Who should you go to for support?

On a website about high quality connections, it’s easy to forget that finding compassion and empathy from others is sometimes not as straightforward as it may seem.


One of my favorite examples of this is the research discovery that going through a difficult experience oneself doesn’t necessarily make you gentler and more compassionate toward someone else going through this experience – in fact, it can cause you to be more judgmental and less empathetic. Rachel Ruttan, May McDonnell, and Loren Nordgren unpacked this phenomenon in a 2015 research study (described here) in which they found that people who had experienced an emotionally distressing event (e.g., bullying) evaluated another person’s failure to endure a similar distressing event more harshly than participants with no experience with such an event or those currently going through the event. Reut Livne-Tarandach uncovered a similar phenomenon in ongoing research at a camp for children who lost a parent to cancer . Camp counselors who had not lost a parent to cancer were sometimes more compassionate than those who had lost a parent to cancer themselves and who, in theory, would be the most likely to understand and feel for the campers’ emotionally painful childhood experience.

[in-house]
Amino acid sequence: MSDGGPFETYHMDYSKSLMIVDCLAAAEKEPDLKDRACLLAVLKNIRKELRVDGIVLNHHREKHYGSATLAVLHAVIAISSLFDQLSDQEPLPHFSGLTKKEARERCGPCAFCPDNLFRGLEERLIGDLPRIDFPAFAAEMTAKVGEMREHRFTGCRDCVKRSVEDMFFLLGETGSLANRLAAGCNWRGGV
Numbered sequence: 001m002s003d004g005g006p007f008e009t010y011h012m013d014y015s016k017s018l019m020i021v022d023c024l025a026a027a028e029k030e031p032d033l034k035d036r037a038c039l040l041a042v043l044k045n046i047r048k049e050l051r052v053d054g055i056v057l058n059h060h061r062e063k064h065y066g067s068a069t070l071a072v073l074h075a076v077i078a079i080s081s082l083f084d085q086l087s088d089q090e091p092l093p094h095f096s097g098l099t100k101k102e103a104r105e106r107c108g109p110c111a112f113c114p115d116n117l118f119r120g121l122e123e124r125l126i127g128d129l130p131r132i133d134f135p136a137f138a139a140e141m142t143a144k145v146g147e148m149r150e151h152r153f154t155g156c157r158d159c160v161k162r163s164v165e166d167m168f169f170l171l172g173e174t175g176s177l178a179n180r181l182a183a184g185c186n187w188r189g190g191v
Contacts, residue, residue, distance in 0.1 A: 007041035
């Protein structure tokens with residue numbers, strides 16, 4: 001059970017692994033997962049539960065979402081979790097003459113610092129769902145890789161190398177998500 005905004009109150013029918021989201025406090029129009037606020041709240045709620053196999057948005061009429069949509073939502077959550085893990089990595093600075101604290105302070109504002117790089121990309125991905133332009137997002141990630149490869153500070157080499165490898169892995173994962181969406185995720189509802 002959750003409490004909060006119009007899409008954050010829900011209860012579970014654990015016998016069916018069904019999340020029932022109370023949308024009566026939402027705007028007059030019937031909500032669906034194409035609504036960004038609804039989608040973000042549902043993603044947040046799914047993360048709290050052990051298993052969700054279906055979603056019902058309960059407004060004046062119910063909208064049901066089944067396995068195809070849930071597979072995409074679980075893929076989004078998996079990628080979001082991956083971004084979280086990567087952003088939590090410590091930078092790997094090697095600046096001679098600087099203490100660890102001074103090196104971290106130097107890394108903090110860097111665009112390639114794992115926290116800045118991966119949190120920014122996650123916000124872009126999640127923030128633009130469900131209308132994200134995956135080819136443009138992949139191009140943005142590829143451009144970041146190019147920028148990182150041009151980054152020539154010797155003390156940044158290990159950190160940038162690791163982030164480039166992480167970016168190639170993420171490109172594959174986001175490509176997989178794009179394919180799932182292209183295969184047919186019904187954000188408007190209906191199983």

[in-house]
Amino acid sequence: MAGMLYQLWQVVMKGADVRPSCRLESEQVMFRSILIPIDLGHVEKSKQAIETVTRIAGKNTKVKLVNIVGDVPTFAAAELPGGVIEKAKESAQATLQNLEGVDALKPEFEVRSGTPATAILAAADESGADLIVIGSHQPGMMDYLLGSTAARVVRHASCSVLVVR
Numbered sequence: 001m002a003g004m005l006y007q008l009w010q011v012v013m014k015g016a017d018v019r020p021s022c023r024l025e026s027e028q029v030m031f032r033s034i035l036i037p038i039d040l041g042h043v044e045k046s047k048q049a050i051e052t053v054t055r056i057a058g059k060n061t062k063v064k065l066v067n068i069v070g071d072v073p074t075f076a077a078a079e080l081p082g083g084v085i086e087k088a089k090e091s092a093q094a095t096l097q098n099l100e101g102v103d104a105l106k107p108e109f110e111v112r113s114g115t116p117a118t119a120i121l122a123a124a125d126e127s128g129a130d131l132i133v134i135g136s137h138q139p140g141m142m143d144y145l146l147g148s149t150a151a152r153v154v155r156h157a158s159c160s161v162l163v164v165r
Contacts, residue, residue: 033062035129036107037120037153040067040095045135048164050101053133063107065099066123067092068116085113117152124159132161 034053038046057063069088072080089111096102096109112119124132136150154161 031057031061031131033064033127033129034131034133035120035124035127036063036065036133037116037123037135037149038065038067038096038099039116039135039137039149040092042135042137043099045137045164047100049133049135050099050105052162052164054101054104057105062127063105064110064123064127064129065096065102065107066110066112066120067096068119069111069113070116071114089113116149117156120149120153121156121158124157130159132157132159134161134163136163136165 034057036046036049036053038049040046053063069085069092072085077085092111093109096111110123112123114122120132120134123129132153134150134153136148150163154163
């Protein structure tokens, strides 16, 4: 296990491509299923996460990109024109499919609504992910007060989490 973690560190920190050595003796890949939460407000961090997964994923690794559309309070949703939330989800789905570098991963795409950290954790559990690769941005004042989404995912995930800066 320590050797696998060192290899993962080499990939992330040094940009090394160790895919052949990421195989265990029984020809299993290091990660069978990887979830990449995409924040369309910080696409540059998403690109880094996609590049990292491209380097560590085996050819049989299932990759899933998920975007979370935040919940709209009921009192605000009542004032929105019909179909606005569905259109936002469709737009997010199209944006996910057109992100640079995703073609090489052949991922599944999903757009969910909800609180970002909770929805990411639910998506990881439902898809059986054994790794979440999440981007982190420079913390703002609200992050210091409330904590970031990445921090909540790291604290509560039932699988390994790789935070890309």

Learning about this counterintuitive finding explained a lot for me, including some less-than-high-quality-connections I have observed within my own friends and family circles. Keeping this finding in mind can be helpful in times when we feel exasperated at work and in our non-work lives, for example, the new hire at our job who can’t seem to handle the long work hours or the new dad friend who acts as though he’s the only person in the world who’s stayed awake at night with a baby. It should also remind us of the benefits of sometimes reaching out to people for support who haven’t been through what we’re going through. Although they have not “walked in your shoes”, they may be more open and empathetic than someone who has.

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